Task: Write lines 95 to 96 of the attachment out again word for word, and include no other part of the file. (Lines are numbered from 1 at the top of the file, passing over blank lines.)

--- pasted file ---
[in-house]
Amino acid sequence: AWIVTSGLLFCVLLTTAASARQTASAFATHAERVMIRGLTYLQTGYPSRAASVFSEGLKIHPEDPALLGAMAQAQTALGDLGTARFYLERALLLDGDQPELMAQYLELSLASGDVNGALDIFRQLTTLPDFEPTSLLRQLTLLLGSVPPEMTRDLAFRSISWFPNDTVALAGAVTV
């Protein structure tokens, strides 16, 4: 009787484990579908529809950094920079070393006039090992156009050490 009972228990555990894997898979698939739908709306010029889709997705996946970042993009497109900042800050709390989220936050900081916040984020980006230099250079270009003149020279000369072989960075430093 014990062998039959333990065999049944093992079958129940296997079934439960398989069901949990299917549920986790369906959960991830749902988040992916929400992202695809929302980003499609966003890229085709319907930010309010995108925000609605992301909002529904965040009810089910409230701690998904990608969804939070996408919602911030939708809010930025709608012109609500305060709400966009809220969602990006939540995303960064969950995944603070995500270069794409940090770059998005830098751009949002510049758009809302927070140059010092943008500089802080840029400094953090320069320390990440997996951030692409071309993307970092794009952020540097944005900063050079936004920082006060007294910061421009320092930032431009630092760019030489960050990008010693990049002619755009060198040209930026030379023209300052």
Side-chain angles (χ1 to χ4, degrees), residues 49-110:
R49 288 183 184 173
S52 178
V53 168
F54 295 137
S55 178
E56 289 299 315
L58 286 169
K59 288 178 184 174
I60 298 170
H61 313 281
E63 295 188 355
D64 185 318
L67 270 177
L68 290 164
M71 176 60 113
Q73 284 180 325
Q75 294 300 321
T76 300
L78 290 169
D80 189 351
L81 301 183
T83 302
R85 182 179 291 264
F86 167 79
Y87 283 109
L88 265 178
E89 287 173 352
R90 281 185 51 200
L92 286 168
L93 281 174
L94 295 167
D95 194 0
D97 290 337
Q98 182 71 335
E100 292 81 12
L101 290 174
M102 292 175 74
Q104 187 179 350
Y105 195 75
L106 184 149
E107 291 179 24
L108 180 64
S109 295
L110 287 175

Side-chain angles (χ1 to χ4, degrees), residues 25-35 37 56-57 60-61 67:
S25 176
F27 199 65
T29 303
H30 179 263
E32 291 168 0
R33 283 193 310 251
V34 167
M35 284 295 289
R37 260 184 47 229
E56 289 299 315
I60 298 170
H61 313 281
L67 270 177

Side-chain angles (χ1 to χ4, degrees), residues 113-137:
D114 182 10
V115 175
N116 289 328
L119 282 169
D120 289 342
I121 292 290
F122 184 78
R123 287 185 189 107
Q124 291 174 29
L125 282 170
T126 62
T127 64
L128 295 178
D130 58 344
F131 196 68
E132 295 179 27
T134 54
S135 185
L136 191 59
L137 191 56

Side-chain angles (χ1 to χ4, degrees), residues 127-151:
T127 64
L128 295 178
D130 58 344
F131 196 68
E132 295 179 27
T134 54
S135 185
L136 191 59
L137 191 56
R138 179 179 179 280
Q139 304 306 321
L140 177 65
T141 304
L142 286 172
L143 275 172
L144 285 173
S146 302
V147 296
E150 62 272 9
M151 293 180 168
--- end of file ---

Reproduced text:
Q139 304 306 321
L140 177 65